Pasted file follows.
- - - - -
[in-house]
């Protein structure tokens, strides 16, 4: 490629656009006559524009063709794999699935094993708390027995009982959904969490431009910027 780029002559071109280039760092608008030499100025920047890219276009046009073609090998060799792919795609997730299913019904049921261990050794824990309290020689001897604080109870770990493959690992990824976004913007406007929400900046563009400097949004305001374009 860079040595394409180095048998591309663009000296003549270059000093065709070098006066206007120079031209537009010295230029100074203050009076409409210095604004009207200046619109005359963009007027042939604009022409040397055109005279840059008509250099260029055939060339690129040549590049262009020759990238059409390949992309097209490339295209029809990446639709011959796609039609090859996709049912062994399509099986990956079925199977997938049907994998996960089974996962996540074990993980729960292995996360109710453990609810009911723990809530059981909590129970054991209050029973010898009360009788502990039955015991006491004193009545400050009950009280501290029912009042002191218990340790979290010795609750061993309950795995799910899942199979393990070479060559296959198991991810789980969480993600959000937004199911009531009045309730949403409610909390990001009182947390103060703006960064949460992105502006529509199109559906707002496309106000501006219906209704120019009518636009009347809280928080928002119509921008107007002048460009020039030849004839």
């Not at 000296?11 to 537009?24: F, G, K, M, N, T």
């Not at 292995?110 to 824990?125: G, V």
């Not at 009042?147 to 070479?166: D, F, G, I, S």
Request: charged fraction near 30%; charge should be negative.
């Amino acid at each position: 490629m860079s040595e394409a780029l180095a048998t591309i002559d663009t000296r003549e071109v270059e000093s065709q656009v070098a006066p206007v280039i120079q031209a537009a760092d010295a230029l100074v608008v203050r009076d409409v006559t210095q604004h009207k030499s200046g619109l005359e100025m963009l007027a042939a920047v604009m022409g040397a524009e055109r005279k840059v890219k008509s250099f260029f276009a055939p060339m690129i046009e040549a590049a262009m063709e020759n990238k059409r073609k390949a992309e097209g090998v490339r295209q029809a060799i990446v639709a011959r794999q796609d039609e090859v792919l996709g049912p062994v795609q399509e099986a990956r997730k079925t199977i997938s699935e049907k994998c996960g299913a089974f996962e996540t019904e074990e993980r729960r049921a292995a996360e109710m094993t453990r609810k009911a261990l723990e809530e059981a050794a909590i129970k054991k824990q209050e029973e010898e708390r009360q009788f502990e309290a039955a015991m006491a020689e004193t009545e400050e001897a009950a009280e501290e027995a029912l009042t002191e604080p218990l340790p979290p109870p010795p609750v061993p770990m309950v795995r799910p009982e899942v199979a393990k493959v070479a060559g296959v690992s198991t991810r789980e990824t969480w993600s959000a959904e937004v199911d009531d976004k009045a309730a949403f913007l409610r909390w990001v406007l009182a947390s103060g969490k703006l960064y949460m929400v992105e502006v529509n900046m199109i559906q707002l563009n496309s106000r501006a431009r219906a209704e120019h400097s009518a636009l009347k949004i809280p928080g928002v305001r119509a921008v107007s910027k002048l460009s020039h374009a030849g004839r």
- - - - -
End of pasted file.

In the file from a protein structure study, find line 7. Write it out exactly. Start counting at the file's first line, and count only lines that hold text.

């Amino acid at each position: 490629m860079s040595e394409a780029l180095a048998t591309i002559d663009t000296r003549e071109v270059e000093s065709q656009v070098a006066p206007v280039i120079q031209a537009a760092d010295a230029l100074v608008v203050r009076d409409v006559t210095q604004h009207k030499s200046g619109l005359e100025m963009l007027a042939a920047v604009m022409g040397a524009e055109r005279k840059v890219k008509s250099f260029f276009a055939p060339m690129i046009e040549a590049a262009m063709e020759n990238k059409r073609k390949a992309e097209g090998v490339r295209q029809a060799i990446v639709a011959r794999q796609d039609e090859v792919l996709g049912p062994v795609q399509e099986a990956r997730k079925t199977i997938s699935e049907k994998c996960g299913a089974f996962e996540t019904e074990e993980r729960r049921a292995a996360e109710m094993t453990r609810k009911a261990l723990e809530e059981a050794a909590i129970k054991k824990q209050e029973e010898e708390r009360q009788f502990e309290a039955a015991m006491a020689e004193t009545e400050e001897a009950a009280e501290e027995a029912l009042t002191e604080p218990l340790p979290p109870p010795p609750v061993p770990m309950v795995r799910p009982e899942v199979a393990k493959v070479a060559g296959v690992s198991t991810r789980e990824t969480w993600s959000a959904e937004v199911d009531d976004k009045a309730a949403f913007l409610r909390w990001v406007l009182a947390s103060g969490k703006l960064y949460m929400v992105e502006v529509n900046m199109i559906q707002l563009n496309s106000r501006a431009r219906a209704e120019h400097s009518a636009l009347k949004i809280p928080g928002v305001r119509a921008v107007s910027k002048l460009s020039h374009a030849g004839r």